Habitat and Ecology [top]

Habitat and Ecology:This is an obligate cave-dwelling species that can be locally abundant, but has also been noted as rare within certain parts of its range (Robinson et al. 2006). Its patchy local distribution and density may be related to the presence of suitable caves for roosting (Goodman et al. 2005) and this species seems to prefer relatively narrow caves (Cardiff 2006). This species is thought to be dependent on relatively intact forest for foraging (Goodman et al. 2005).
Continuing decline in area, extent and/or quality of habitat:Yes

Threats [top]

Major Threat(s): As an apparent forest dependent species any decline in extent or quality of the remaining forest poses a threat to this species. In northern Madagascar, forest is lost because of expanding agriculture. There is also the threat of disturbance to cave roosting sites.

Conservation Actions [top]

Conservation Actions: This species is known to occur in three protected areas: Parc National d'Ankarana, Réserve Spéciale d’Analamerana and Parc National de Loky-Manambato (Ranivo and Goodman 2006, Russell et al. 2007). Conservation should be focused at the known cave roosts to secure the existing populations and closely monitor seasonal and annual population changes.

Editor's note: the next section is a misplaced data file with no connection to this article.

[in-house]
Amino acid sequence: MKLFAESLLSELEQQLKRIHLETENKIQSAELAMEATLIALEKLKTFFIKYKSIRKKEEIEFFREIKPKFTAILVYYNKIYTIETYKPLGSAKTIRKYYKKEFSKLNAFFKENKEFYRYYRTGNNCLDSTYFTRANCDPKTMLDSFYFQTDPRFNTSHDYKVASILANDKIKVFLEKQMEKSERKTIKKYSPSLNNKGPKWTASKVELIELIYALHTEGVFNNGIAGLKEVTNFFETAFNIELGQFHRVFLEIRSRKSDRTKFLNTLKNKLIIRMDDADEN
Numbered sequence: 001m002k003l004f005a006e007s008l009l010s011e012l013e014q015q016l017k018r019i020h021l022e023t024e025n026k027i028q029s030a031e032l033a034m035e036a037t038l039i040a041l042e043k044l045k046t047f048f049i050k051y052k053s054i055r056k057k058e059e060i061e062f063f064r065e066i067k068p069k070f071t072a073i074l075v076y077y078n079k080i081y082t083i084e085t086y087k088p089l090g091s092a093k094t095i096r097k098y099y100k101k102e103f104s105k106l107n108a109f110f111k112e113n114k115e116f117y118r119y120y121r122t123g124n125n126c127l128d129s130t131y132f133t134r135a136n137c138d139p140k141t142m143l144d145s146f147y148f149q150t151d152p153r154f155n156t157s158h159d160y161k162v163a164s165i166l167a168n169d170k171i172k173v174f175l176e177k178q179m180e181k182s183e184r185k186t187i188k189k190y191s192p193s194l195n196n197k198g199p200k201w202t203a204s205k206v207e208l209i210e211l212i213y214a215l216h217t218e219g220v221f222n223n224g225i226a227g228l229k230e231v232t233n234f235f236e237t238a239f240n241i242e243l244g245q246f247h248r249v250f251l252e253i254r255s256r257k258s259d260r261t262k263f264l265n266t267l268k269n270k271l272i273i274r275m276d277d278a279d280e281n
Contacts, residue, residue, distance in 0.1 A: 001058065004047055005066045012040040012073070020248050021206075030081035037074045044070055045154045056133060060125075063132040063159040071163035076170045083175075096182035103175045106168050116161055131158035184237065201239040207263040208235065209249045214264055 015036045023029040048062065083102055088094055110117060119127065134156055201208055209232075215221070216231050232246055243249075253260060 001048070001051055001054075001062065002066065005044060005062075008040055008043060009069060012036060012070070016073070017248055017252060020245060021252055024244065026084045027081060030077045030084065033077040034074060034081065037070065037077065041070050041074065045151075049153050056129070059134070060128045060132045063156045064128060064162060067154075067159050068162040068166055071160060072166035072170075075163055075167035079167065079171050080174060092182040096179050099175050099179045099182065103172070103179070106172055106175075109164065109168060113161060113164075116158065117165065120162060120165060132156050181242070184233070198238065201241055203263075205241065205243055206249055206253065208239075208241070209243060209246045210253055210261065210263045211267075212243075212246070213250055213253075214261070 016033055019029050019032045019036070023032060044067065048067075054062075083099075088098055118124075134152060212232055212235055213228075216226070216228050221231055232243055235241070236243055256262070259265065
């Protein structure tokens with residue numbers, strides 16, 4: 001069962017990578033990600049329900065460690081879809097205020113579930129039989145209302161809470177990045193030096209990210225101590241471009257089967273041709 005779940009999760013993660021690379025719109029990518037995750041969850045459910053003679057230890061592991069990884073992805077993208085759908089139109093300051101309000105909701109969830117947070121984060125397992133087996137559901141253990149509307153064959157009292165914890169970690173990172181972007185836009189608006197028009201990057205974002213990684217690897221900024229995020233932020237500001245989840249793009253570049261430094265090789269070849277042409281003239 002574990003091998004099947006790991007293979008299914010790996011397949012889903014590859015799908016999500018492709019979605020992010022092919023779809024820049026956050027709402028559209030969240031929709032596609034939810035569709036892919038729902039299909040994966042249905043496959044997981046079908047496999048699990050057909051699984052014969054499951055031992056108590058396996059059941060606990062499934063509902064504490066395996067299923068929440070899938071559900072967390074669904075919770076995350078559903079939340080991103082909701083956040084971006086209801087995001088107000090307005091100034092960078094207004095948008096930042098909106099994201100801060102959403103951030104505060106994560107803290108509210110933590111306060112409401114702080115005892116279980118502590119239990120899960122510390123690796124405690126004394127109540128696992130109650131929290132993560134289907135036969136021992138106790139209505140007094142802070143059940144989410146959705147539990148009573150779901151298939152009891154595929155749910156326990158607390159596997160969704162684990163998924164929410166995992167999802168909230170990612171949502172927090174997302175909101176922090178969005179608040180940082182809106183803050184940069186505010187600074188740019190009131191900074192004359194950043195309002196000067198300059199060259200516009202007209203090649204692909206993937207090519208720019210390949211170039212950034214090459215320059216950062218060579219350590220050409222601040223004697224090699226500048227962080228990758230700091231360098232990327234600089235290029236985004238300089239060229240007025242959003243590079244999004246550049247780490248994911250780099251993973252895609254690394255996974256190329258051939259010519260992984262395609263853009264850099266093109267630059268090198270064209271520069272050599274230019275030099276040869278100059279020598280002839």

Classifications [top]

1. Forest -> 1.5. Forest - Subtropical/Tropical Dry
7. Caves and Subterranean Habitats (non-aquatic) -> 7.1. Caves and Subterranean Habitats (non-aquatic) - Caves
14. Artificial/Terrestrial -> 14.6. Artificial/Terrestrial - Subtropical/Tropical Heavily Degraded Former Forest
15. Artificial/Aquatic & Marine -> 15.10. Artificial/Aquatic - Karst and Other Subterranean Hydrological Systems (human-made)
2. Land/water management -> 2.1. Site/area management

In-Place Research, Monitoring and Planning
In-Place Land/Water Protection and Management
  Conservation sites identified:Yes, over entire range
In-Place Species Management
In-Place Education
2. Agriculture & aquaculture -> 2.1. Annual & perennial non-timber crops -> 2.1.1. Shifting agriculture
♦ timing:Ongoing    
→ Stresses
  • 1. Ecosystem stresses -> 1.1. Ecosystem conversion
  • 1. Ecosystem stresses -> 1.2. Ecosystem degradation

6. Human intrusions & disturbance -> 6.1. Recreational activities
♦ timing:Ongoing    
→ Stresses
  • 2. Species Stresses -> 2.2. Species disturbance

1. Research -> 1.3. Life history & ecology
1. Research -> 1.5. Threats
3. Monitoring -> 3.1. Population trends

Bibliography [top]